colors = colors + list(cm.rainbow(np.linspace(0, 1, len(final_tp))))
plt.xlabel("Percentile", fontsize=14)
plt.ylabel("Precision", fontsize=14)
for i, label in enumerate(labels):
ls = "--" if ("Model" in label) else "-"
plt.plot(percentiles, final_tp[i], ls, c=colors[i], label=label)
plt.fill_between(percentiles,
final_tp[i] - final_stderr[i],
final_tp[i] + final_stderr[i],
color=colors[i],
alpha=.1)
if 0. in percentiles:
plt.legend(loc="lower right", fontsize=14)
else:
plt.legend(loc="upper left", fontsize=14)
model_acc = 100 * (1 - final_misclassification)
plt.axvline(x=model_acc, linestyle="dotted", color="black")
plt.show()
```

- The function below trains the model on a number of folds, makes predictions, calculates the trust scores, and generates the precision curves to compare the trust scores with the model prediction probabilities:

```
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```

```
def run_precision_plt(X, y, nfolds, percentiles, run_model, test_size=.5,
plt_title="", plt_names=[], predict_correct=True, classes=3):
def stderr(L):
return np.std(L) / np.sqrt(len(L))
all_tp = [[[] for p in percentiles] for _ in plt_names]
misclassifications = []
mult = 1 if predict_correct else -1
folds = StratifiedShuffleSplit(n_splits=nfolds, test_size=test_size, random_state=0)
for train_idx, test_idx in folds.split(X, y):
# create train and test folds, train model and make predictions
X_train, y_train = X[train_idx, :], y[train_idx]
X_test, y_test = X[test_idx, :], y[test_idx]
y_pred, probas = run_lr(X_train, y_train, X_test)
# target points are the correctly classified points
target_points = np.where(y_pred == y_test)[0] if predict_correct else np.where(y_pred != y_test)[0]
final_curves = [probas]
# calculate trust scores
ts = TrustScore()
ts.fit(X_train, y_train, classes=classes)
scores, _ = ts.score(X_test, y_pred)
final_curves.append(scores) # contains prediction probabilities and trust scores
# check where prediction probabilities and trust scores are above a certain percentage level
for p, perc in enumerate(percentiles):
high_proba = [np.where(mult * curve >= np.percentile(mult * curve, perc))[0] for curve in final_curves]
if 0 in map(len, high_proba):
continue
# calculate fraction of values above percentage level that are correctly (or incorrectly) classified
tp = [len(np.intersect1d(hp, target_points)) / (1. * len(hp)) for hp in high_proba]
for i in range(len(plt_names)):
all_tp[i][p].append(tp[i]) # for each percentile, store fraction of values above cutoff value
misclassifications.append(len(target_points) / (1. * len(X_test)))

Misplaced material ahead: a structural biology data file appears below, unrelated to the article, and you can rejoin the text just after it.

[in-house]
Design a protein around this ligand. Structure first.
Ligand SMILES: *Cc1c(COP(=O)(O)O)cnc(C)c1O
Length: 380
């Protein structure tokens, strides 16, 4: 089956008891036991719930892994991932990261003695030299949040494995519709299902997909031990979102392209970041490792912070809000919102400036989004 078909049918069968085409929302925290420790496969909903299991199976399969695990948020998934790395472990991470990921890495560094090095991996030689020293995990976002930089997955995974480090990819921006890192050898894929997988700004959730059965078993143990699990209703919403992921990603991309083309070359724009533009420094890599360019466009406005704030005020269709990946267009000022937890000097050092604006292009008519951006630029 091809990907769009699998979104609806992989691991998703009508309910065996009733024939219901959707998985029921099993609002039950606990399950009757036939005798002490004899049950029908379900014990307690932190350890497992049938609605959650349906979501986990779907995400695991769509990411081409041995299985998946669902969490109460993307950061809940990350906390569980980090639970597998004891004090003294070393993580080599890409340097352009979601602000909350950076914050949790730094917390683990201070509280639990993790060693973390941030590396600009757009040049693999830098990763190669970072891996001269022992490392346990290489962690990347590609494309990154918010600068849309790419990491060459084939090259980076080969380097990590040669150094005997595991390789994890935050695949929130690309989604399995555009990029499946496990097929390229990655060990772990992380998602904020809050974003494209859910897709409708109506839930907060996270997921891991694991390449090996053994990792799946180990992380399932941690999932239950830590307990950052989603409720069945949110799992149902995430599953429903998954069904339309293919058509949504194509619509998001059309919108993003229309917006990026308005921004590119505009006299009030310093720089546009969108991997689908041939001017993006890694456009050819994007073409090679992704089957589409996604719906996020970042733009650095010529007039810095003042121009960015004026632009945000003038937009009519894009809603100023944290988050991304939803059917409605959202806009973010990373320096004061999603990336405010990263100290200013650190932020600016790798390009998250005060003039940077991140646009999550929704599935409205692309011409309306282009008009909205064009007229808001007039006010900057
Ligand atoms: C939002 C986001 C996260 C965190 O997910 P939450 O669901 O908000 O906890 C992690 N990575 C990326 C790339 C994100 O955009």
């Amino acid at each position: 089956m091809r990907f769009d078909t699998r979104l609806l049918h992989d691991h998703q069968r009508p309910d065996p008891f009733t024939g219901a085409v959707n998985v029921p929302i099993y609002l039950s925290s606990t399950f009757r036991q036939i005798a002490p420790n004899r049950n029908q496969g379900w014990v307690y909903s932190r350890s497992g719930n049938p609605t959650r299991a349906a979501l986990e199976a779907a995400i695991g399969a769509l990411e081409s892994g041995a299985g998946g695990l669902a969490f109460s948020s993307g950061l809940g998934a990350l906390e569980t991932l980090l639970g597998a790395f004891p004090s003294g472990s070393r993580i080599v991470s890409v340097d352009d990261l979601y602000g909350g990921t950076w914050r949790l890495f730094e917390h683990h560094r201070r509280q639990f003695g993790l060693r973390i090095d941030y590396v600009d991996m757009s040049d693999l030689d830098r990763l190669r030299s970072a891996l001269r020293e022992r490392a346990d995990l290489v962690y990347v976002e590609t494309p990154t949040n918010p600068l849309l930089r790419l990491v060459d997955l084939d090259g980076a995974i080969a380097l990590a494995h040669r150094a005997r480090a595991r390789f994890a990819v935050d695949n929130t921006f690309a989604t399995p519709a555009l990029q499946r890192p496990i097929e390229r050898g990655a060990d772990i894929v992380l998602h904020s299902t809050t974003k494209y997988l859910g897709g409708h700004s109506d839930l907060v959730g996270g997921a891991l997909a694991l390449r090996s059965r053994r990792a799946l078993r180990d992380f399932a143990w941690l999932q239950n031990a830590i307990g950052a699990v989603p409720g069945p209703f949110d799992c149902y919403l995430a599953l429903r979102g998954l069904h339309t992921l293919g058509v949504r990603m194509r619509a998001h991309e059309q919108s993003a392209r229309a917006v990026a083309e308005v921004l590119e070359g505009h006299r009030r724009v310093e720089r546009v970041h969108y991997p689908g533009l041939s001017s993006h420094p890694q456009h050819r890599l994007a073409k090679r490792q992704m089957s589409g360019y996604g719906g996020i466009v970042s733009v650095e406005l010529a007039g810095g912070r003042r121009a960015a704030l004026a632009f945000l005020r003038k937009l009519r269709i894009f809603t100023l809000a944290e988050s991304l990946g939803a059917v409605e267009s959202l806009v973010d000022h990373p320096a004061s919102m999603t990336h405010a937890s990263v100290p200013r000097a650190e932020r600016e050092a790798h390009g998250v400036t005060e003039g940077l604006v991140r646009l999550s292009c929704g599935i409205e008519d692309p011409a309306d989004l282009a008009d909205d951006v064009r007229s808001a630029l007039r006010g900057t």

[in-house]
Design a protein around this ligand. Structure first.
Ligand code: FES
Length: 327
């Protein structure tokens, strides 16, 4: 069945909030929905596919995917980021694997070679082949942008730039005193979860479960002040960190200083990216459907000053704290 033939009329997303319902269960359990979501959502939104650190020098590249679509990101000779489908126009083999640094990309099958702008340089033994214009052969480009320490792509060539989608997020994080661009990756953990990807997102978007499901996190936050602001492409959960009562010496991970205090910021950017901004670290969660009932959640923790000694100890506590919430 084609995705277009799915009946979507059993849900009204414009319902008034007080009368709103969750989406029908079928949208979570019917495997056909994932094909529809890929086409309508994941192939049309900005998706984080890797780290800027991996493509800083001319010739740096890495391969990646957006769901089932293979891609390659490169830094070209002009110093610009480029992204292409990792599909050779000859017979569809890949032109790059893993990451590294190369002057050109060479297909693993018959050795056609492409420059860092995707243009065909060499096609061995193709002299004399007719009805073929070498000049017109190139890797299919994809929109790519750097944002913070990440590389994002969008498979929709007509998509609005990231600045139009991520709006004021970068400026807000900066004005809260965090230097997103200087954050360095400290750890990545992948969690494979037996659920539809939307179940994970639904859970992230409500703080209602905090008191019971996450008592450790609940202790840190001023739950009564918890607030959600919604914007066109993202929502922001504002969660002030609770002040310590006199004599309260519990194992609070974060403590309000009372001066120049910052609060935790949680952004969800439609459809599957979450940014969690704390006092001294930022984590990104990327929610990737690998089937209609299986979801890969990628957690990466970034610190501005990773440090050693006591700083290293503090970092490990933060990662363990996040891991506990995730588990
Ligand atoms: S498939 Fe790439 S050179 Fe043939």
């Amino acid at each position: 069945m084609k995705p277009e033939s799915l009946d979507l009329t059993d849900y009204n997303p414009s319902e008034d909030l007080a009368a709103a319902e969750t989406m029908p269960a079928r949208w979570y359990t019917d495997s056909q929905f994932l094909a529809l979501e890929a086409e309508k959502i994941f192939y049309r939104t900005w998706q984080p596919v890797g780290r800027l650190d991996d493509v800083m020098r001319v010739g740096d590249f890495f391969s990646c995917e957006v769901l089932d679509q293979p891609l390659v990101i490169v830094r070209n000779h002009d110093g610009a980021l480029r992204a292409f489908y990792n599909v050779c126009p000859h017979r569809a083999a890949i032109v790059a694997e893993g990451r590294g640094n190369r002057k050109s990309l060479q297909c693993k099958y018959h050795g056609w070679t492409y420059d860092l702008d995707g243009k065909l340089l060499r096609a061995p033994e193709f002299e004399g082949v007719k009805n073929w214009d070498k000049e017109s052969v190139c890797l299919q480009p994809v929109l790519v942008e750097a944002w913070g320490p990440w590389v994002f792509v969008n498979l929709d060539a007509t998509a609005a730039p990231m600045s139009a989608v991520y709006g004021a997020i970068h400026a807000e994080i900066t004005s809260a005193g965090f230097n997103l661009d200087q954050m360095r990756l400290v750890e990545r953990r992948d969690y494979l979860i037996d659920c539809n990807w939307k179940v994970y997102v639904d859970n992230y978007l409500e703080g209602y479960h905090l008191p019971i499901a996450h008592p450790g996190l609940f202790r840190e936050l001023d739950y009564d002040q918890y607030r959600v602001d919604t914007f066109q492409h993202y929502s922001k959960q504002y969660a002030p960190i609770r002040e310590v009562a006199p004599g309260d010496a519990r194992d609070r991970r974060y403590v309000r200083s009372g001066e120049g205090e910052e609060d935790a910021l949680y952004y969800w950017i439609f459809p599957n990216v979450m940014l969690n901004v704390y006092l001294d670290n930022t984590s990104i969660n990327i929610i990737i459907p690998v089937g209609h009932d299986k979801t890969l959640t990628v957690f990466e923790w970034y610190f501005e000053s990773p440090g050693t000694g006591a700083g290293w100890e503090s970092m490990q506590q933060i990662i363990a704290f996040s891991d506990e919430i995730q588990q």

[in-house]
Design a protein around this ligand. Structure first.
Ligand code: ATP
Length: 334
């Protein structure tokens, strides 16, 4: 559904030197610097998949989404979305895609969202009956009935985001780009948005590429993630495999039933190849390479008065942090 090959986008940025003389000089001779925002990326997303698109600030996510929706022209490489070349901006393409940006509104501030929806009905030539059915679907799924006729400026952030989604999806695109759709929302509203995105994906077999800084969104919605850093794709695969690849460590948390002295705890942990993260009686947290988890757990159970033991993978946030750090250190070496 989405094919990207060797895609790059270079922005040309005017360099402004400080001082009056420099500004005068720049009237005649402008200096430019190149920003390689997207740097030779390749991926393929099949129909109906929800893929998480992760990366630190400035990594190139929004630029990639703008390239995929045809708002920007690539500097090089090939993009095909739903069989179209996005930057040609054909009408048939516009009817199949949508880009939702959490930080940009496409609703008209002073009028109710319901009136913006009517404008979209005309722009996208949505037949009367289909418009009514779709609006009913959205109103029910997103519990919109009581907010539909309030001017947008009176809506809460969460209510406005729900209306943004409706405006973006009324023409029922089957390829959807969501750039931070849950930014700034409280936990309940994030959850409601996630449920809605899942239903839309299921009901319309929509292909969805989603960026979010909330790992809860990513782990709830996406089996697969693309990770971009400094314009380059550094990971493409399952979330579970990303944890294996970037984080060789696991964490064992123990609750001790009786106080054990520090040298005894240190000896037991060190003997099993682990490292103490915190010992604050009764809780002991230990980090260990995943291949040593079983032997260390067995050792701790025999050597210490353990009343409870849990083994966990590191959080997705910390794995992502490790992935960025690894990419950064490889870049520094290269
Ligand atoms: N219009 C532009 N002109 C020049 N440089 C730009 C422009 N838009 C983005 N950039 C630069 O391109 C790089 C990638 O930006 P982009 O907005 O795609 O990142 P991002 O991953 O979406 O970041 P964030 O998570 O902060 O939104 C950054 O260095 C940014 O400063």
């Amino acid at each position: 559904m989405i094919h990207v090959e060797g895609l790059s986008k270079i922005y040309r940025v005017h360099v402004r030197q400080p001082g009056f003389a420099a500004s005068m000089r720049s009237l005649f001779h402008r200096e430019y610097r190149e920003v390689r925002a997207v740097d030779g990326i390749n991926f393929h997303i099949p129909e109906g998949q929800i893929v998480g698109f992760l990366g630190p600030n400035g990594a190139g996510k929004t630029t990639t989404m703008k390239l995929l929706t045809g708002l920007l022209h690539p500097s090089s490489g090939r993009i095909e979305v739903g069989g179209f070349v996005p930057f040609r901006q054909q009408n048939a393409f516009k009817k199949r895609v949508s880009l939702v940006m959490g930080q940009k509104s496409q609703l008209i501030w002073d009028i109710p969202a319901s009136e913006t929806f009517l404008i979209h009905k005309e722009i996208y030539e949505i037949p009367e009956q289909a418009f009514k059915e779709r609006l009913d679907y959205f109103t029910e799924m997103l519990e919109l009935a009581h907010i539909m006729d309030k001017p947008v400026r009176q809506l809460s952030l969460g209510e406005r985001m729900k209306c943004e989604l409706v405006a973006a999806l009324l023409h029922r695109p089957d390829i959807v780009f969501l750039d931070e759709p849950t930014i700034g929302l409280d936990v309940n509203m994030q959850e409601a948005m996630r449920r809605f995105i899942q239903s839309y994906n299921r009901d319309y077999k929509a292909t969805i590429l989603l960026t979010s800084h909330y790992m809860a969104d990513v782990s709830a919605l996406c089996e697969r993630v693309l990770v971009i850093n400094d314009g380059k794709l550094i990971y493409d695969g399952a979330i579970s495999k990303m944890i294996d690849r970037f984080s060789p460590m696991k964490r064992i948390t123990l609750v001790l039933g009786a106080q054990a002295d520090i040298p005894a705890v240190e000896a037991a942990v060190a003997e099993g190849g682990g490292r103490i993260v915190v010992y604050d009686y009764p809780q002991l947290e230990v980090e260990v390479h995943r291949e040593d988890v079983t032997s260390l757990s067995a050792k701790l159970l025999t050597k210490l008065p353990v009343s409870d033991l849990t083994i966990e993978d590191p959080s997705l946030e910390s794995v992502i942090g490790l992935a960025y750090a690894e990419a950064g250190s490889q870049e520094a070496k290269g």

# average over folds for each percentile
final_tp = [[] for _ in plt_names]
final_stderr = [[] for _ in plt_names]
for p, perc in enumerate(percentiles):
for i in range(len(plt_names)):
final_tp[i].append(np.mean(all_tp[i][p]))
final_stderr[i].append(stderr(all_tp[i][p]))
for i in range(len(all_tp)):
final_tp[i] = np.array(final_tp[i])
final_stderr[i] = np.array(final_stderr[i])
final_misclassification = np.mean(misclassifications)
# create plot
plot_precision_curve(plt_title, percentiles, plt_names, final_tp, final_stderr, final_misclassification)
```

### Detect correctly classified examples¶

The x-axis on the plot below shows the percentiles for the model prediction probabilities of the predicted class for each instance and for the trust scores. The y-axis represents the precision for each percentile. For each percentile level, we take the test examples whose trust score is above that percentile level and plot the percentage of those points that were correctly classified by the classifier. We do the same with the classifier’s own model confidence (i.e. softmax probabilities). For example, at percentile level 80, we take the top 20% scoring test examples based on the trust score and plot the percentage of those points that were correctly classified. We also plot the top 20% scoring test examples based on model probabilities and plot the percentage of those that were correctly classified. The vertical dotted line is the error of the logistic regression classifier. The plots are an average over 10 folds of the dataset with 50% of the data kept for the test set.

The *Trust Score* and *Model Confidence* curves then show that the model precision is typically higher when using the trust scores to rank the predictions compared to the model prediction probabilities.

```
[12]:
```

```
X = dataset.data
y = dataset.target
percentiles = [0 + 0.5 * i for i in range(200)]
nfolds = 10
plt_names = ['Model Confidence', 'Trust Score']
plt_title = 'Iris -- Logistic Regression -- Predict Correct'
```

```
[13]:
```

```
run_precision_plt(X, y, nfolds, percentiles, run_lr, plt_title=plt_title,
plt_names=plt_names, predict_correct=True)
```

### Detect incorrectly classified examples¶

By taking the *negative of the prediction probabilities and trust scores*, we can also see on the plot below how the trust scores compare to the model predictions for incorrectly classified instances. The vertical dotted line is the accuracy of the logistic regression classifier. The plot shows the precision of identifying incorrectly classified instances. Higher is obviously better.

```
[14]:
```

```
percentiles = [50 + 0.5 * i for i in range(100)]
plt_title = 'Iris -- Logistic Regression -- Predict Incorrect'
run_precision_plt(X, y, nfolds, percentiles, run_lr, plt_title=plt_title,
plt_names=plt_names, predict_correct=False)
```